The Second Time

Hello in there, little one. By now you may or may not have figured out that I’m your mom. You know me. I’m the one that’s been sending down all the spicy food and middling renditions of the Hairspray soundtrack. If that doesn’t ring any bells, I’m the one who set you up that sweet-ass punching bag, though once you’re on the outside you have to call it a bladder like everyone else.

I really am glad you’re in there. I hope you can sense that. What I hope you can’t sense is the absolute pants-shitting terror I feel about your impending arrival.

It must be confessed that I didn’t feel this with your sister, or at least not in the same way. Most of my fears were nameless, shapeless things that lurked in the 4 AM shadows of my mind. With your first baby, you have no idea what you’re getting into. When they arrive, the shock of it is like being pushed into ice cold water. What I didn’t know was that postpartum depression would hold my head underneath. It still keeps me up at night how close I came to drowning.

I was not the mother that I wanted to be, that my baby deserved. I hope I can do better for you. But I have to remember what you are and what you are not. You are wanted, wished for, loved beyond measure, my very last baby arriving on your own terms with your own story to tell.

You are not a do-over or a second chance. I saw your precious face on that ultrasound and whatever name we decide fits you, I promise that Mulligan isn’t it.

Here’s what else I can promise you. Songs. Stories. Cuddles. The certainty that your rugby hooligan sister will probably put you in a headlock at some point. The equal certainty that she will do the same to anyone who tries to mess with you. A dad who will be the best example of a man that you will ever need. A mom who will do her level best to keep her head above water and give you the start in life that you deserve. Your diaper being put on the right way around at least 90% of the time. A family that loves you and can’t wait to meet you.

I’m up for it if you are, sweet baby. When you’re ready, I’ll be waiting. Ten weeks to go.


Dear New Mom

Dear New Mom,

Look at you! You did it! You survived the birth process! Or the adoption process, in which case holy crap, look at you. Just as painful, more drawn out, and they don’t give you any drugs. Go you.

In any case, you did the thing and now you have a child. I could tell you this time with a new baby will be the most exquisite and rewarding time in your life. But you did not come here for me to straight up lie to your beautiful, tired face.

The shit is about to get real and I am about to tell you all the things I wish someone had told me. Or, quite frankly, the things they DID tell me and I didn’t listen.

  • You have to eat food. More than once a day. Actual food, not just whatever was within reach when the baby latched on or finally fell asleep on you. You might think this is the most obvious thing in the world. In a normal universe, this would be true. This, however, is Sparta, and when you are twelve hours deep into your day and your vision starts to swim because the last thing you ate was a handful of Ritz crackers yesterday, you will wish you had taken this advice. If you can’t remember to eat, designate someone to remind you.
  • You’re probably going to bonk the baby’s head on a doorframe at least once. You’re probably going to cut them with the nailclippers at least twice. Everyone’s done it, even if they won’t admit to it. They’ll be fine. There’s a reason they don’t remember the first year. It’s either nature or head injury but in either case, it works in your favour.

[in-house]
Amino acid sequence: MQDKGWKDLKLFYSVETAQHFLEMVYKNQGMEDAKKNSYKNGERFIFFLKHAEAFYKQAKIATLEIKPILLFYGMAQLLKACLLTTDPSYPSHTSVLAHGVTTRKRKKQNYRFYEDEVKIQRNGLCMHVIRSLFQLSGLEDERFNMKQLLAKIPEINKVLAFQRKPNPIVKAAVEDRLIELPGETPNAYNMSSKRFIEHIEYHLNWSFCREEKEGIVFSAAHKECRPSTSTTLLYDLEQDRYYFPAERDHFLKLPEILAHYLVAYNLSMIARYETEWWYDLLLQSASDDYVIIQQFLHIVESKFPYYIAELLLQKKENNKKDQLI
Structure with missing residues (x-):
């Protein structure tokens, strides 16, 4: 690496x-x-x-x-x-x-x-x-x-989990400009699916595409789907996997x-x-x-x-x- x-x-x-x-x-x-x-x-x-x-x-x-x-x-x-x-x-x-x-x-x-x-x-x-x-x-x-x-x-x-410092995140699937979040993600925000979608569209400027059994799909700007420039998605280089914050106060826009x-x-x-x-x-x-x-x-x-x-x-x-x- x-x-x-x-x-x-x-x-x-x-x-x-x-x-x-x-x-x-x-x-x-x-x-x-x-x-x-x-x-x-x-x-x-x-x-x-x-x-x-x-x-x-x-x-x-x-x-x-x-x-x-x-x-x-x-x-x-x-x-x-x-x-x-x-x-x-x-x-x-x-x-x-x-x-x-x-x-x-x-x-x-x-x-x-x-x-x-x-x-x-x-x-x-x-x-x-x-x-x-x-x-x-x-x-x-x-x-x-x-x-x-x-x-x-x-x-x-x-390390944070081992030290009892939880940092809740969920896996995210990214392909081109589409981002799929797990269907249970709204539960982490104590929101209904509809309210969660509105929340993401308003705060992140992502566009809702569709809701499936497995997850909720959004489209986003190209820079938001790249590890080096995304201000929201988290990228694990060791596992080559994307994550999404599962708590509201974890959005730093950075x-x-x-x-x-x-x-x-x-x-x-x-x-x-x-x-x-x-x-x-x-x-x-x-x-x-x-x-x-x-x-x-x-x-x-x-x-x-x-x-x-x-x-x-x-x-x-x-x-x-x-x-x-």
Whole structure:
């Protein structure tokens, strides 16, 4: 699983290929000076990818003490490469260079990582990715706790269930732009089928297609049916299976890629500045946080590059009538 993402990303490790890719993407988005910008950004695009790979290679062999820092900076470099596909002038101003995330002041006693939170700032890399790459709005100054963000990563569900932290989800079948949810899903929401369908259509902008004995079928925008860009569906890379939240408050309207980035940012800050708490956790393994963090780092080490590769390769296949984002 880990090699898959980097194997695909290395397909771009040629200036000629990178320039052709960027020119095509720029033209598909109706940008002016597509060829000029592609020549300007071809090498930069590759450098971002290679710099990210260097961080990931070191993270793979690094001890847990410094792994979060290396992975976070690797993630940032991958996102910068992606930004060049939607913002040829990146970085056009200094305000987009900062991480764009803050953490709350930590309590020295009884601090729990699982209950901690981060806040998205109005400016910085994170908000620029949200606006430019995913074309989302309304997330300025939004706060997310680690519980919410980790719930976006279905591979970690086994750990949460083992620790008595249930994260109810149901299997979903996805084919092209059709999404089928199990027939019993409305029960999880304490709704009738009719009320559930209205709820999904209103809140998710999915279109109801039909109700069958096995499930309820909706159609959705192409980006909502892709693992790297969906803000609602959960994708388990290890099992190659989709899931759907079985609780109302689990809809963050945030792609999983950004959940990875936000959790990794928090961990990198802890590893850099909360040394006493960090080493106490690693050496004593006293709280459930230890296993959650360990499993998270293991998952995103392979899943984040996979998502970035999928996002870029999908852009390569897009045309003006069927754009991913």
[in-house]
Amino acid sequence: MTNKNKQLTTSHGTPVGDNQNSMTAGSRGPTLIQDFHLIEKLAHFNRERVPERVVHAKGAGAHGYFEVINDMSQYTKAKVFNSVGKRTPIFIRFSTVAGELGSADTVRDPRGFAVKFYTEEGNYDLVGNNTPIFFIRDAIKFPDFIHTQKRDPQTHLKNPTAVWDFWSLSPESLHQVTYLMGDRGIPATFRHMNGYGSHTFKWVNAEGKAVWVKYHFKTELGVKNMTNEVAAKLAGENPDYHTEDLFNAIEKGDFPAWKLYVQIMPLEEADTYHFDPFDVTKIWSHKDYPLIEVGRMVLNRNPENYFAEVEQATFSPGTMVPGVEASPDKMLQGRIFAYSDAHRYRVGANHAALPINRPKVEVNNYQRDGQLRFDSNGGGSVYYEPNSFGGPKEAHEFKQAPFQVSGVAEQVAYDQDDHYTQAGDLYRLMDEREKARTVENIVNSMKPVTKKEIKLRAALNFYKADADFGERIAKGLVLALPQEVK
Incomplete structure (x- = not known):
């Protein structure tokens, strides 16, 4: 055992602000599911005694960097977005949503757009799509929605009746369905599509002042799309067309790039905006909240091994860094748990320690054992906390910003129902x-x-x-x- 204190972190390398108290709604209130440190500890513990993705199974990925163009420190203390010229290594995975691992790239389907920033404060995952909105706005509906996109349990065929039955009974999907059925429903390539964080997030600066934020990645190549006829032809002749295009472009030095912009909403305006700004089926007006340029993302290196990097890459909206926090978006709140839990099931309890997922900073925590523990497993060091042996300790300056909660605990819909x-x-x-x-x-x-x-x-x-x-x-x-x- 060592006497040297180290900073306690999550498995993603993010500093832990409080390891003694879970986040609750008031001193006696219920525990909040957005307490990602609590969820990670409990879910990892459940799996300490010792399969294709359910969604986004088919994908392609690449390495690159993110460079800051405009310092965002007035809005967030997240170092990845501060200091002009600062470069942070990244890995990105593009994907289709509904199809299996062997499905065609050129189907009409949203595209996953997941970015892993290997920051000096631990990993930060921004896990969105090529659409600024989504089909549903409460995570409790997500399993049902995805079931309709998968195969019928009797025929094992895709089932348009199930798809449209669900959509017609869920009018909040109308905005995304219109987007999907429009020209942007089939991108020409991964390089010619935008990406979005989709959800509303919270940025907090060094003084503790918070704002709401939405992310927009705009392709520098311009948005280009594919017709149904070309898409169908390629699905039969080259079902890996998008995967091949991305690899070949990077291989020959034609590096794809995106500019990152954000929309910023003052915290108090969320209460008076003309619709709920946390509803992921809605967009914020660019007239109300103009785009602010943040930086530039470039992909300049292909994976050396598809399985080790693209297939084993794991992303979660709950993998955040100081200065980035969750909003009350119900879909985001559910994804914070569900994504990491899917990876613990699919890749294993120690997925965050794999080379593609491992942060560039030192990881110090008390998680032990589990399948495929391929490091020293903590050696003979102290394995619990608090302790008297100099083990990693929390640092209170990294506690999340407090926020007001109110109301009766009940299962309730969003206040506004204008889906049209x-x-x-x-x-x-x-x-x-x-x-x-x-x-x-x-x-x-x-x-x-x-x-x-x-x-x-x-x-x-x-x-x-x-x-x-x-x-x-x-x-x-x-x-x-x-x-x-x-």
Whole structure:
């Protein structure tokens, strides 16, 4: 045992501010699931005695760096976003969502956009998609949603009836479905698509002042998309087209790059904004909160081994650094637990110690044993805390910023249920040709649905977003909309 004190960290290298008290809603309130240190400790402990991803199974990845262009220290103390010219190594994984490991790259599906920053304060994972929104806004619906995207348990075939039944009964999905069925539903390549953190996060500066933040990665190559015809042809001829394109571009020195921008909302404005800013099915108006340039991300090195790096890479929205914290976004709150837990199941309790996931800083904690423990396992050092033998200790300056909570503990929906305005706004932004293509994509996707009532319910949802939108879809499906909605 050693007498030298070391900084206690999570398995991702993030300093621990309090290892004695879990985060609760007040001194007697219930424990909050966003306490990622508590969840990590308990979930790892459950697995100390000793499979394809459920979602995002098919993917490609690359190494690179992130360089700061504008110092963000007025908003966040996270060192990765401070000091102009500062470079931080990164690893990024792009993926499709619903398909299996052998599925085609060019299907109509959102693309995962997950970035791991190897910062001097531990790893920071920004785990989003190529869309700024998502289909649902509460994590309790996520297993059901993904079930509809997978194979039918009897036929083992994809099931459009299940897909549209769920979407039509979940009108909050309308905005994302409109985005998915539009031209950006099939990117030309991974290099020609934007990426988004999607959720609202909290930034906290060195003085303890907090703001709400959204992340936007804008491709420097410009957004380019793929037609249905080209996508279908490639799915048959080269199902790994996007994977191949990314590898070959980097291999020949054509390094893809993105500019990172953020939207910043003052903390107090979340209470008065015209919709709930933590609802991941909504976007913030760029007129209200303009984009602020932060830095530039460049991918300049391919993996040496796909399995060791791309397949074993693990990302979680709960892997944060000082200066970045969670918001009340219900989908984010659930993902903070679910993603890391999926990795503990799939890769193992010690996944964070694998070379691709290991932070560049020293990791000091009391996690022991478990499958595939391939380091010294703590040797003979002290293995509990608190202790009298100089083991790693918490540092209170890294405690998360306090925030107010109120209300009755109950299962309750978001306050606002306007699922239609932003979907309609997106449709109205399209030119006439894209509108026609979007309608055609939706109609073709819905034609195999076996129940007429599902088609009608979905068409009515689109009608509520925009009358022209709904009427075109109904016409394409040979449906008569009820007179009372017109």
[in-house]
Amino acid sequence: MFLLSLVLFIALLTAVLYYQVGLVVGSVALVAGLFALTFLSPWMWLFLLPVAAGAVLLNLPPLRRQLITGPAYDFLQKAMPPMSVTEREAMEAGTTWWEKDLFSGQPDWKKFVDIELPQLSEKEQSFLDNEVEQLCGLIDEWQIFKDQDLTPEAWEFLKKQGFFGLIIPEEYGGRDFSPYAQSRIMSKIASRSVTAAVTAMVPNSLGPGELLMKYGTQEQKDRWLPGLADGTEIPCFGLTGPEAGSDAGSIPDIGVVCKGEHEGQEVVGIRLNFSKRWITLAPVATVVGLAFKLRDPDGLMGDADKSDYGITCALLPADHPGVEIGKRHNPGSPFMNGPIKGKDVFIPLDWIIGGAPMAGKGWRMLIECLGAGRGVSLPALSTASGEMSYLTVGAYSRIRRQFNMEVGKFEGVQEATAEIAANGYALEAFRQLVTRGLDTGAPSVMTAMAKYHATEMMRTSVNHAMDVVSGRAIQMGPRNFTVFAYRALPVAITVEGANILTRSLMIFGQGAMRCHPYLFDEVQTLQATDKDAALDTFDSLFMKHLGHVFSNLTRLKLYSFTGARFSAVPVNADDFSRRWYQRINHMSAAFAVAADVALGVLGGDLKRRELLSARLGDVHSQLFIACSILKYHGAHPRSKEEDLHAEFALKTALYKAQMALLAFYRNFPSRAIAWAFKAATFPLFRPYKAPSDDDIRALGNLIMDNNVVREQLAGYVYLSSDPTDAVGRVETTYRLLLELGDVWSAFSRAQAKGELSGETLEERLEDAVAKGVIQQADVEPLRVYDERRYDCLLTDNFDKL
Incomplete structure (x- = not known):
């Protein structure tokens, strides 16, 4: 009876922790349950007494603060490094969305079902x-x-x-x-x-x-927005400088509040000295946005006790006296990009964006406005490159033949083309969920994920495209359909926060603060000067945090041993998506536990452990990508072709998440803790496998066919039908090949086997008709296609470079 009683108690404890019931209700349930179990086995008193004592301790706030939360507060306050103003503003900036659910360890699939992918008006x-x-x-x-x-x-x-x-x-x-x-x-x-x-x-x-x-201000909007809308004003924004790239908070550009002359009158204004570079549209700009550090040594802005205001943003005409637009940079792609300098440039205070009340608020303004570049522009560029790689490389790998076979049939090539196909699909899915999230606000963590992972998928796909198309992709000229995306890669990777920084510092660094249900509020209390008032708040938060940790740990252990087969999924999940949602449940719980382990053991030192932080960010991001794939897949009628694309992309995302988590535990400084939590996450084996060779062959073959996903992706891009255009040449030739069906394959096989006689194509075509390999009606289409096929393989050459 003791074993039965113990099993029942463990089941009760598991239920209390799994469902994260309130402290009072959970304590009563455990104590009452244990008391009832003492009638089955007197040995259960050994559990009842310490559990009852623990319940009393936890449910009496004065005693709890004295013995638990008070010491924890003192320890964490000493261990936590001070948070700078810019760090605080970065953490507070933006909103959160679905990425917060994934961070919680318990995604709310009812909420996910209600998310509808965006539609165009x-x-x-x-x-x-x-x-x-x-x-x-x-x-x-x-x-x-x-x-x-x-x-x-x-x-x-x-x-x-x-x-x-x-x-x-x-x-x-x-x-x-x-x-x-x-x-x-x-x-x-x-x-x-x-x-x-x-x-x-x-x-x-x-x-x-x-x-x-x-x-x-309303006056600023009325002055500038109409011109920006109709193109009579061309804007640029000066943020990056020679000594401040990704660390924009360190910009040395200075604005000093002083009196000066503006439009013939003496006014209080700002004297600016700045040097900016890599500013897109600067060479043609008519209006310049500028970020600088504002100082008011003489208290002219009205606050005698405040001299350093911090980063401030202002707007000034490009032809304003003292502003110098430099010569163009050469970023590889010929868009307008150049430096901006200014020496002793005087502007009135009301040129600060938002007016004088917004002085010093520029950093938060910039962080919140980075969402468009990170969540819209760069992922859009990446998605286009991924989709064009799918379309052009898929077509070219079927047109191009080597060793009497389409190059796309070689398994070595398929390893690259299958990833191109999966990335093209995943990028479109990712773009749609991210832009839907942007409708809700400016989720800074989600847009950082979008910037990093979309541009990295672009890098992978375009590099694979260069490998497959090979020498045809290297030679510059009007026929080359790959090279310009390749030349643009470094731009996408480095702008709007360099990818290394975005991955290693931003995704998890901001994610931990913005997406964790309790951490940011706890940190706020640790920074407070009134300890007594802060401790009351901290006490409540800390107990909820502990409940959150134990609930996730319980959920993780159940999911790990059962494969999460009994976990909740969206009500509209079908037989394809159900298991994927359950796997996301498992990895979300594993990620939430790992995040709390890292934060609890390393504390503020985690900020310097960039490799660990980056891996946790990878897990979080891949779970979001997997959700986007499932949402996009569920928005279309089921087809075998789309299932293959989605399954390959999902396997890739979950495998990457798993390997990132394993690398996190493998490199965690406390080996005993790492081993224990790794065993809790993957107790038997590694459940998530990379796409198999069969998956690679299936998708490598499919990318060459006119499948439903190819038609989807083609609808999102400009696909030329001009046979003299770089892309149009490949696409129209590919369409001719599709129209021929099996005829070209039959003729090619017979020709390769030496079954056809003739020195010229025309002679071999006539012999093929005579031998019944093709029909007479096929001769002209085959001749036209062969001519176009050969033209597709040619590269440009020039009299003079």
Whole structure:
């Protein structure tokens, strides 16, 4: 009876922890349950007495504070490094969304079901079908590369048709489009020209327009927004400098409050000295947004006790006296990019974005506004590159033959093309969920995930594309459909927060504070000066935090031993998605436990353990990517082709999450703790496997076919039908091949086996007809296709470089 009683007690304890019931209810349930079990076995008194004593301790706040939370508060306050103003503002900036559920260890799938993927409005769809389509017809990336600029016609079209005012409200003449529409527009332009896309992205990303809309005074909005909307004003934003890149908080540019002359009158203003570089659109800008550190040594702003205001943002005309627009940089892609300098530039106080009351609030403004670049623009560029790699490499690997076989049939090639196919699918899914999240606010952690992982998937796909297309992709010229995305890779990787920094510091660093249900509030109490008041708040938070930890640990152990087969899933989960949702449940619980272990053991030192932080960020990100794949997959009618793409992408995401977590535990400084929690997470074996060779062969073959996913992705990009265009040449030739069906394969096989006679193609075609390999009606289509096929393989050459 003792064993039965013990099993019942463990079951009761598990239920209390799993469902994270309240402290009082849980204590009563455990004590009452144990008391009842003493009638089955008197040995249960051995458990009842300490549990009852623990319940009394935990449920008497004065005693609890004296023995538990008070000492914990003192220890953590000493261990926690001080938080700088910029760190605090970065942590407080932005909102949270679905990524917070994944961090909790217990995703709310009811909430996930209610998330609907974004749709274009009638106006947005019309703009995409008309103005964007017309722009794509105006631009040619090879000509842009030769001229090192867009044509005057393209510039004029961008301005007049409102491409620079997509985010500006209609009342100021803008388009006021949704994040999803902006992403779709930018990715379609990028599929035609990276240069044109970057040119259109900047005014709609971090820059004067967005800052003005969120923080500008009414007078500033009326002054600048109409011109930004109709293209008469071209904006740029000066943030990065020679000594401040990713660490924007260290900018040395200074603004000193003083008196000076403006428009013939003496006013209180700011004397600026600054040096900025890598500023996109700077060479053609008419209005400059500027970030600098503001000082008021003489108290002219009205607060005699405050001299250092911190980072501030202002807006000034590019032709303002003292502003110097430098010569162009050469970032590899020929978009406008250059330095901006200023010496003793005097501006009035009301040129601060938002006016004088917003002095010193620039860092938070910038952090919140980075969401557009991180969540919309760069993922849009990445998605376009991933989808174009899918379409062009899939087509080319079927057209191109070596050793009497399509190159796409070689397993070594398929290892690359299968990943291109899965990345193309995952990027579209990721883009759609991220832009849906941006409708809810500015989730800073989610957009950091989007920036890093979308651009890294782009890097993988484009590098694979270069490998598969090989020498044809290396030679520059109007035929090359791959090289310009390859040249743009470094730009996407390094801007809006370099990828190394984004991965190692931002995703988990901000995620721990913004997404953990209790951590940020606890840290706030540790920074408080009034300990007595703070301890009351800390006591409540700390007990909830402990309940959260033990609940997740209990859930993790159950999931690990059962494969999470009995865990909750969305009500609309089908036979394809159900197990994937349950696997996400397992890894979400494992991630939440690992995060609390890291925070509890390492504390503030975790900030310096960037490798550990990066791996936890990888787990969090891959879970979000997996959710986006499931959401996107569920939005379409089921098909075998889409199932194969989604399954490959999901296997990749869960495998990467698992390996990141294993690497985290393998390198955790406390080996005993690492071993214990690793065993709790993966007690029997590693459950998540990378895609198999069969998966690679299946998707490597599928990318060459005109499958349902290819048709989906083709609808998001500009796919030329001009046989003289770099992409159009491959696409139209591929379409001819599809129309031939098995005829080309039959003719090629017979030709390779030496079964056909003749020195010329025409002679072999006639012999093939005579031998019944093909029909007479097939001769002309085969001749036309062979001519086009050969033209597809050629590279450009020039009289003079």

• I don’t care how much you adore your partner, there will come a point in time where you look at them and truly, madly, deeply loathe them with every fibre of your being. It will probably go away. Don’t make any permanent decisions in the first year. Divorce is expensive and you are too tired to cover up a murder without getting caught. If you find it’s not going away, there is no shame in talking it out, either with your partner or a counselor. It will get easier. You will even have sex again! (Caution: this occasionally leads to more babies.)
  • Memorize the phrase “This is what works for us.” A new parent draws more unwanted and shitty opinions than the average internet comments section. No matter how well-meant, you are about to be faced with a barrage of advice that may or may not have merit. It is okay to shut it down. “Thanks, but this is what works for us.” End of conversation. Done. You can figure this out yourself, just like people have been doing since the dawn of time. That said…
  • Accept the help. Oh my god, I cannot stress this enough. If someone you trust offers to watch the baby for an hour so you can sleep or shower or go scream into the void for a bit, do it. It will probably save your sanity. You are going to need your sanity.
  • Post-partum anxiety and depression are no fucking joke. I mean it. If you even start to think you are heading to the bad place, seek help. You are not alone.
  • Breastfeeding is amazing. Formula is amazing. Any combination of the two is amazing. Feed that kid. Anyone who tells you that you’re doing it wrong can go choke.
  • You may have held your baby for the first time and felt that incredible rush of maternal love everyone talks about. And… you may not have. For a while, it might feel like your home has been invaded by a tiny stranger. You might even look at this squalling loaf of infant and resent it for disrupting every single bloody thing in your life. You might feel this and then feel impossibly guilty. Don’t. It doesn’t make you a bad parent. It makes you a human being who is in the depths of the kind of change you can’t comprehend until you’re in it. Eventually, you will love that child more than you ever thought possible.
  • You are perfectly within your legal rights to punch anyone who asks you if your baby is sleeping through the night yet. (Okay, you are within your rights to imagine it in vivid detail.)

You’re gonna do just great. You really are. You can stop reading and go take a deep breath now.

A mom who survived to toddlerhood


Dear Moms of Older Children,